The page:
This Visionary Article From 1932 Holds An Important Lesson For America's Workaholics

Bertrand RussellWikimedia CommonsBertrand Russell

In 1932, the British philosopher Bertrand Russell wrote an essay called “In Praise of Idleness” which contains a point that’s more relevant than ever for America’s overworked employees.

In an essay we saw on zpub via Longform, Russell argued that people would spend their leisure time doing active things and not passive activities if they only worked fewer hours.

Although TV hadn’t been invented yet in 1932, Russell foresaw the wastefulness of idle time spent with television’s predecessors — the movies and radio. “The pleasures of urban populations have become mainly passive: seeing cinemas, watching football matches, listening to the radio, and so on,” Russell said. “This results from the fact that their active energies are fully taken up with work; if they had more leisure, they would again enjoy pleasures in which they took an active part.”

Eighty years later, Russell’s insights remain relevant in America.

A startling number of Americans these days work more than they should, even when they’re sick or entitled to vacation, to the detriment of their health and overall happiness. A study this year found that 25% of Americans never take the day off when they’re sick, and another study found people in the U.S. ended the year with an average of 3.2 days left of unused vacation.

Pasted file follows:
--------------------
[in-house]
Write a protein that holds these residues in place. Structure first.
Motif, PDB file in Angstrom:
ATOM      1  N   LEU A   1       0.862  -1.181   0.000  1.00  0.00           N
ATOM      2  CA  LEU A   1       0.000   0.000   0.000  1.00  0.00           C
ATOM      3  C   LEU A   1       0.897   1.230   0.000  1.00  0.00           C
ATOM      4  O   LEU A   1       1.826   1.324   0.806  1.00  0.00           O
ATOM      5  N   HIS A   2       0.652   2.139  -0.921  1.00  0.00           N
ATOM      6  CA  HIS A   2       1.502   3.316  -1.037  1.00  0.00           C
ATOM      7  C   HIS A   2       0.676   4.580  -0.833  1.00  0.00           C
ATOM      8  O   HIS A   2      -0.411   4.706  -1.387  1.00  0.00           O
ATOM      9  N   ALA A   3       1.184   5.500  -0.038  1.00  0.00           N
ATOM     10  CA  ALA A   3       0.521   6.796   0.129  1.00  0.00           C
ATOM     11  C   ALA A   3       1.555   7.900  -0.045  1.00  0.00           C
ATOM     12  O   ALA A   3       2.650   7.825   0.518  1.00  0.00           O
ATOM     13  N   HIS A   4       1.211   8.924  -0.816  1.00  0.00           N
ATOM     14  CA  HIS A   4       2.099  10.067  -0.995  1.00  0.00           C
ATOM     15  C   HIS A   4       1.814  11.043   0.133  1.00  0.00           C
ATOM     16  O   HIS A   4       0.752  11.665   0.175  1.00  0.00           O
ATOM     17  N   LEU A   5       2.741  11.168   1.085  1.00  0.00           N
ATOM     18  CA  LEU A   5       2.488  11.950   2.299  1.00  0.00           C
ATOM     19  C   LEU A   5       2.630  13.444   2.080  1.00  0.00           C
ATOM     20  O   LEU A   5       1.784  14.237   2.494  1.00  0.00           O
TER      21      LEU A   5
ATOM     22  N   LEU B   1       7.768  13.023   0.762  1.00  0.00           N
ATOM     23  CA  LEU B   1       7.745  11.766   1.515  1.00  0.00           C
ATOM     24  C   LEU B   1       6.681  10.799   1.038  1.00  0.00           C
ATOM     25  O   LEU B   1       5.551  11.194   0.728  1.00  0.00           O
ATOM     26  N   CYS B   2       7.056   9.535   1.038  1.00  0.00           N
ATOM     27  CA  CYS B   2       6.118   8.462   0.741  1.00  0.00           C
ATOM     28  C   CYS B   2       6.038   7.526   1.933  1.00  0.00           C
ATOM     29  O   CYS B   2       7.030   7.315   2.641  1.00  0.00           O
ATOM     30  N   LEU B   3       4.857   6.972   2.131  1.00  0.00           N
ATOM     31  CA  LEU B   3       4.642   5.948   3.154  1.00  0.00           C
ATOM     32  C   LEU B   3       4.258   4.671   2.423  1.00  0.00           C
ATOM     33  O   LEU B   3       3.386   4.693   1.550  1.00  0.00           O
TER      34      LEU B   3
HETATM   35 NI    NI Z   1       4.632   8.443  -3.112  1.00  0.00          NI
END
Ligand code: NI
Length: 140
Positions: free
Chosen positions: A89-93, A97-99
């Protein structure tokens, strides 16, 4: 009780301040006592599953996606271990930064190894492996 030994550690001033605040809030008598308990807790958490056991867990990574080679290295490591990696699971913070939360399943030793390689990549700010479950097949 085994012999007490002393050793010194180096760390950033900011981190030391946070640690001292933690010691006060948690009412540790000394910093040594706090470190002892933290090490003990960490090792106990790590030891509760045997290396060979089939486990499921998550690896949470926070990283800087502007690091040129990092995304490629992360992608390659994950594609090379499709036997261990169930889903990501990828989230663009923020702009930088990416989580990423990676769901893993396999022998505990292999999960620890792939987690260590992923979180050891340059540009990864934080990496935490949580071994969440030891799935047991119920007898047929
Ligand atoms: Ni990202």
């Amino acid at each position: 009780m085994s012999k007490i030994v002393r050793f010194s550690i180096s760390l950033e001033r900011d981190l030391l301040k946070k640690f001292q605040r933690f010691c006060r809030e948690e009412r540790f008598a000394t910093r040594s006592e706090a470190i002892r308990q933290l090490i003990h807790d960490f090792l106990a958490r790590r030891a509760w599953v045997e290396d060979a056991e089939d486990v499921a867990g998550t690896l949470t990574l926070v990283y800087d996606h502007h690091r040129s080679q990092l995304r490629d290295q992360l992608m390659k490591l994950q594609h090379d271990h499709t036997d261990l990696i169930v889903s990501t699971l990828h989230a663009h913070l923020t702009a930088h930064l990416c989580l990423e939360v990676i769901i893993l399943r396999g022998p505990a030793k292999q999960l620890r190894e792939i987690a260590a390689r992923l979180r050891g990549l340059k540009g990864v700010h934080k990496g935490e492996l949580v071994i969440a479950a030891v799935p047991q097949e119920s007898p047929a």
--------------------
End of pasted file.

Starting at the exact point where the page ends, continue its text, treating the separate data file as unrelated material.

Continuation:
Today, many overworked Americans spend their rare free time watching television, possibly because their brains are too tired for meaningful activities. Recent data shows that Americans watch more TV as they get older, The New York Daily News reports. Children ages 12-17 watch nearly 21 hours of TV per week on average, but that number rises steadily throughout adulthood — 33 hours per week for adults ages 35-49 and nearly 44 hours for the 50-64 age group.

According to Russell’s logic, Americans would watch less TV if they could have more time to relax. His essay also argued that it’s economically possible for people to work fewer hours.

For most of history, humans relied on hard work for a subsistence livelihood, Russell wrote. But, he added, technological advancements since the Industrial Revolution have made it possible to produce more with much less work. World War I demonstrated that point because victorious nations maintained tremendous levels of production even though a vast amount of their populations left productive occupations to help fight the war, according to his essay.

But despite modern advances in machinery, we don’t work fewer hours because our culture stresses that hard work is an important virtue, according to Russell. “In America men often work long hours even when they are well off; such men, naturally, are indignant at the idea of leisure for wage-earners, except as the grim punishment of unemployment; in fact, they dislike leisure even for their sons,” he wrote.

Russell’s antidote to this problem would be seen as dramatic in 2014; he proposed work days lasting four hours rather than eight. That would maintain adequate productivity without exhausting people from overwork to the point where they spend their rare free time with lazy activities, he argued.

As an example, Russell pointed to upper class members of society with plenty of leisure time. Historically, they have used their leisure time to make vital contributions to civilisation through scientific discoveries, artistic and literary endeavours, and other influences over policy and social relations.

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